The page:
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United States Department of Agriculture

Agricultural Research Service

Research Project: National Animal Germplasm Program

Location: Plant and Animal Genetic Resources Preservation

Title: Angus sattle at high altitude: Genetic relationships and initial genome-wide association analyses of pulmonary arterial pressure)

Author
item Cockrum, R
item Zeng,
item Berge, N
item Neary, J
item Garry, F
item Holt, T
item Blackburn, Harvey
item Thomas, T
item Speidel, S
item Garrick, D
item Enns, R
item Thomas, M

Submitted to: Symposium Proceedings
Publication Type: Proceedings
Publication Acceptance Date: 4/4/2014
Publication Date: 4/4/2014
Citation: Cockrum, R.R., Zeng, Berge, N.F., Neary, J.M., Garry, F.B., Holt, T., Blackburn, H.D., Thomas, T., Speidel, S.E., Garrick, D.J., Enns, R.M., Thomas, M.G. 2014. Angus sattle at high altitude: Genetic relationships and initial genome-wide association analyses of pulmonary arterial pressure. Symposium Proceedings. World Congress of Genetics Applied to Livestock Production Vancouver, BC, Canada, Aug 17-22, 2014.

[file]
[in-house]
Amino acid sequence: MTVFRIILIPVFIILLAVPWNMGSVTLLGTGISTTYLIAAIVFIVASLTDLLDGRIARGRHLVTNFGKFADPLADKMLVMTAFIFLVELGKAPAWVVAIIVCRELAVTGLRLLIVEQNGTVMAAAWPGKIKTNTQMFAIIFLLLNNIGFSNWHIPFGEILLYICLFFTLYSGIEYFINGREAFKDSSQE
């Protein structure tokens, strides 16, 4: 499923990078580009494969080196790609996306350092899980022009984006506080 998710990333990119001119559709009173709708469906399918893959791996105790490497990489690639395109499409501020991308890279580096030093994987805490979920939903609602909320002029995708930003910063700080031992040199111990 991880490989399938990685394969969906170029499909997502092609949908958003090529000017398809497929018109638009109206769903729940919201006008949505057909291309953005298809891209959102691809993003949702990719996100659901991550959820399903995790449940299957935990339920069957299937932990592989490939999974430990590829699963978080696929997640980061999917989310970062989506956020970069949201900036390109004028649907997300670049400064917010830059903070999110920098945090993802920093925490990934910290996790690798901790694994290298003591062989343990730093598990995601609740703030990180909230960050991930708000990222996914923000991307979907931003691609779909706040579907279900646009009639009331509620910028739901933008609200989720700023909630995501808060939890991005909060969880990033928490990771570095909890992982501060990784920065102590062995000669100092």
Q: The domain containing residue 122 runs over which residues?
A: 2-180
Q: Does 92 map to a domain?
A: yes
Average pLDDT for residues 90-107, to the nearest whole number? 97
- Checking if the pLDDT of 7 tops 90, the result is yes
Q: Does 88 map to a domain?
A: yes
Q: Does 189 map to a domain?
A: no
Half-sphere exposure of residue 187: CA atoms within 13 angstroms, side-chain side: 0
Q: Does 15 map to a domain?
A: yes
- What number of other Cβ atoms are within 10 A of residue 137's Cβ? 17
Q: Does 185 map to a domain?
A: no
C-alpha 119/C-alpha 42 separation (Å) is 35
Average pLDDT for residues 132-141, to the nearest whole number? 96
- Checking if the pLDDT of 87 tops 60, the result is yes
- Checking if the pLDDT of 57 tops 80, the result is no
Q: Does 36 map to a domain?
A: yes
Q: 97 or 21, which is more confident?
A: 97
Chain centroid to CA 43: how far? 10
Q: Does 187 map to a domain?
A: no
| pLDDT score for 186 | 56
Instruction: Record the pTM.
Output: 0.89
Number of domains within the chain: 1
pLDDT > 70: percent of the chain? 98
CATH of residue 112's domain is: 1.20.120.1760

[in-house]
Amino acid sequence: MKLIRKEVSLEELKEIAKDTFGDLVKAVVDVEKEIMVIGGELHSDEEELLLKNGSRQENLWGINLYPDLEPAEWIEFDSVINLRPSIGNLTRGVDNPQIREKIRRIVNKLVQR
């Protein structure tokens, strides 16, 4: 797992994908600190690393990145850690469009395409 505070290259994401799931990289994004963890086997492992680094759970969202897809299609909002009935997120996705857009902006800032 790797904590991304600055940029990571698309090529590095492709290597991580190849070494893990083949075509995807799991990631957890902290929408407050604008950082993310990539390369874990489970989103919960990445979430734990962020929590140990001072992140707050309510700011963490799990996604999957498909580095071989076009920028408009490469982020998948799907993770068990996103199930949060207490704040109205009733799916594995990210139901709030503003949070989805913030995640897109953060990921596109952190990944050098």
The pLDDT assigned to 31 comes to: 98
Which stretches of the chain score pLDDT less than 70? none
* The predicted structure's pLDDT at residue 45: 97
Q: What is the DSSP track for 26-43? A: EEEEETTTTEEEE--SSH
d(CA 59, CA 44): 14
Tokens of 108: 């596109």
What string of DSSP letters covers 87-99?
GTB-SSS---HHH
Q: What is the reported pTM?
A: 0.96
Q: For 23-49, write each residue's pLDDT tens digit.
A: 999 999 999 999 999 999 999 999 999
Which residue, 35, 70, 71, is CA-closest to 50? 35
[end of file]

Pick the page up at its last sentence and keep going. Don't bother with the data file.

Interpretive Summary:

Technical Abstract: Records from yearling Angus (n = 10,647) cattle from elevation 2,340 m were used in genetic analysis of pulmonary arterial pressure (PAP). Bulls were developed within a grain-supplemented performance test, whereas heifers and steers were grazed. The BovineSNP50 Beadchip was used to genotype a subset of cattle (n = 1,690). Bulls had greater (P<0.001) yearling PAP values as compared to steers and heifers. Heritability ranged from 0.20 in heifers and steers to 0.31 ± 0.15 in bulls. Moderate positive genetic correlations were observed in PAP measures with heifers and bulls (0.64 ± 0.14) and steers (0.74 ± 0.37). Genomewide association analyses using multi-locus mixed model and Bayesian approaches revealed several QTL for PAP; however, no concordant SNP (P<0.001) were observed among males and females. Therefore, results suggest that PAP appears to be a polygenic trait influenced by sex and (or) growth.

Last Modified: 8/24/2016
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